Of those 26 questions some of the bad news that really came out was really surprising to us, only 27% of respondents said that they had a website strategy in place. That’s kind of shocking, right? 27%? If you think about it, you as an organization would never go out and fundraise generally without a strategy or a vision or a goal. And the website becomes a really complicated place if your organization runs programs and fundraisers. If you’re a fundraising organization it’s pretty clear what your website is supposed to do, who owns it, who controls it, and what kind of messaging.

But if you’re an organization that runs programs and has fundraisings we all know that that you’re all sitting around the table and people are fighting, “I want my banner for my program on the home page.” “I know that this fundraising initiative is a priority.” Without that strategy document what we really see is it makes it very hard for an organization to guide and direct and manage and control their website and then you can see that in the end product that’s delivered to donors and potential clients. We knew it was a problem we just didn’t realize 70% of people don’t have a strategy.

Steven: One thing that really jumped out at me was 60% of respondents said that the web is not valued by organizational leadership, that buy-in thing that you talked about earlier. That seems really shocking, especially in 2014, 2015, that leadership is still not seeing the value of the web. Why do you think that is? Why can’t a CEO or EV get behind web and digital as a strategy?

Holly: I think it is something that we call in our world the multi-attribution channel issue. Often there is still this thing where if somebody gets a direct mail piece and the respond directly on the coupon, you know exactly what encouraged them to make that donation at that point in time. What happens now increasingly is people will get that direct mail piece and then will go online for the website. They don’t really have good metrics and ways of tracking how people came to their website or what role the website played in fundraising.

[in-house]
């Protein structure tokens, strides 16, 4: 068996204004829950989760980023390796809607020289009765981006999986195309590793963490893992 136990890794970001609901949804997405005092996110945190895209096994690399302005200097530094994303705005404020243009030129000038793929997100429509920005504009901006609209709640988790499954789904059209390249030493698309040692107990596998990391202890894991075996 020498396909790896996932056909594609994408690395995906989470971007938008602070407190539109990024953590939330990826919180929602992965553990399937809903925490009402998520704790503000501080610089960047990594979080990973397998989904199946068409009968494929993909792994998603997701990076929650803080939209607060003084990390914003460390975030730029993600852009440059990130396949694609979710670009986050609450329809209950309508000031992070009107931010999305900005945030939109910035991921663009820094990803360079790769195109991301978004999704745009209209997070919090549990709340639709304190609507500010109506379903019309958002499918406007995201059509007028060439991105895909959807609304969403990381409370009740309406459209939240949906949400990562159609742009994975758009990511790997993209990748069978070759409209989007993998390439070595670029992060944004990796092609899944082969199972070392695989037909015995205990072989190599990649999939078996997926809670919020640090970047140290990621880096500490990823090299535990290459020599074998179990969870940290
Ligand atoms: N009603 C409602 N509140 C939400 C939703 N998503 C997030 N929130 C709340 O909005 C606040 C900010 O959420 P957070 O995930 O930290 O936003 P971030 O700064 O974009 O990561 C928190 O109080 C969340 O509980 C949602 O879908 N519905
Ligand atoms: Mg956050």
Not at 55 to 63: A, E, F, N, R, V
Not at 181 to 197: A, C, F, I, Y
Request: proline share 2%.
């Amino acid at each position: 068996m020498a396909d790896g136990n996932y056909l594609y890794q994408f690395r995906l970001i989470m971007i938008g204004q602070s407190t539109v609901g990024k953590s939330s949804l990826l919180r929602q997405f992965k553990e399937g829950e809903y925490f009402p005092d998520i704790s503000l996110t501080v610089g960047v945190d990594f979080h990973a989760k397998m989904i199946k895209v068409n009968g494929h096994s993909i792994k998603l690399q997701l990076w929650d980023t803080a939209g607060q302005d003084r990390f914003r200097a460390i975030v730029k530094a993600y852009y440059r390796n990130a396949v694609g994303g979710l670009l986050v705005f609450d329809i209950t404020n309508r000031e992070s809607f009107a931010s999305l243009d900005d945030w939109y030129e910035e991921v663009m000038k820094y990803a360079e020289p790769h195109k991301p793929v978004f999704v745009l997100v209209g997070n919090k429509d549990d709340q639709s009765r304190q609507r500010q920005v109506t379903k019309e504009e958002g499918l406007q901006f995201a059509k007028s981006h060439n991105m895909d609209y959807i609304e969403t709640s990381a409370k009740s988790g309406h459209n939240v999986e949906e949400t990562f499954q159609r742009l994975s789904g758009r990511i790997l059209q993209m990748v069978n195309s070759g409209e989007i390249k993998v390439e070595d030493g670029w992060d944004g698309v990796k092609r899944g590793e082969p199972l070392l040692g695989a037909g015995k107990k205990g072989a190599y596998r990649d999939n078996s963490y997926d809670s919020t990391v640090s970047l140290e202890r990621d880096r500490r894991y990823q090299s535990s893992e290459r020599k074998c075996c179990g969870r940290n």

Often what surprises CEOs will see stats like this that have been out there, “Did you know that 65% of donors visit your website before making a gift?” And they say, “What?” They may not make it online but they visit your website. “Do you know that 90% of major donors visit your website before making a gift?” That really changes it because they don’t realize the role that it plays. It’s not well documented. Part of the reason it’s really our onus as fundraisers to create that case for investment for our bosses and this report helps fundraisers do that.

Steven: What is the good news? There is a little bit of doom and gloom there, which is okay, but what are some of the findings that gave you confidence in what folks are doing or made you feel good about what was going on?

Holly: I think that a lot of charities indicated that they were in the process of doing stuff but weren’t quite there yet. That was really positive. For example, I’m just looking a couple of the quick stats here. Two thirds of respondents said they were using some sort of open source content management system, which is fabulous for charities. It has a little bit more adaptability, flexibility and not the expense perhaps of an overall larger, more customized system. Another highlight of it is that 60% said they were using forms of storytelling on their website but knew and that they wanted to incorporate a lot more.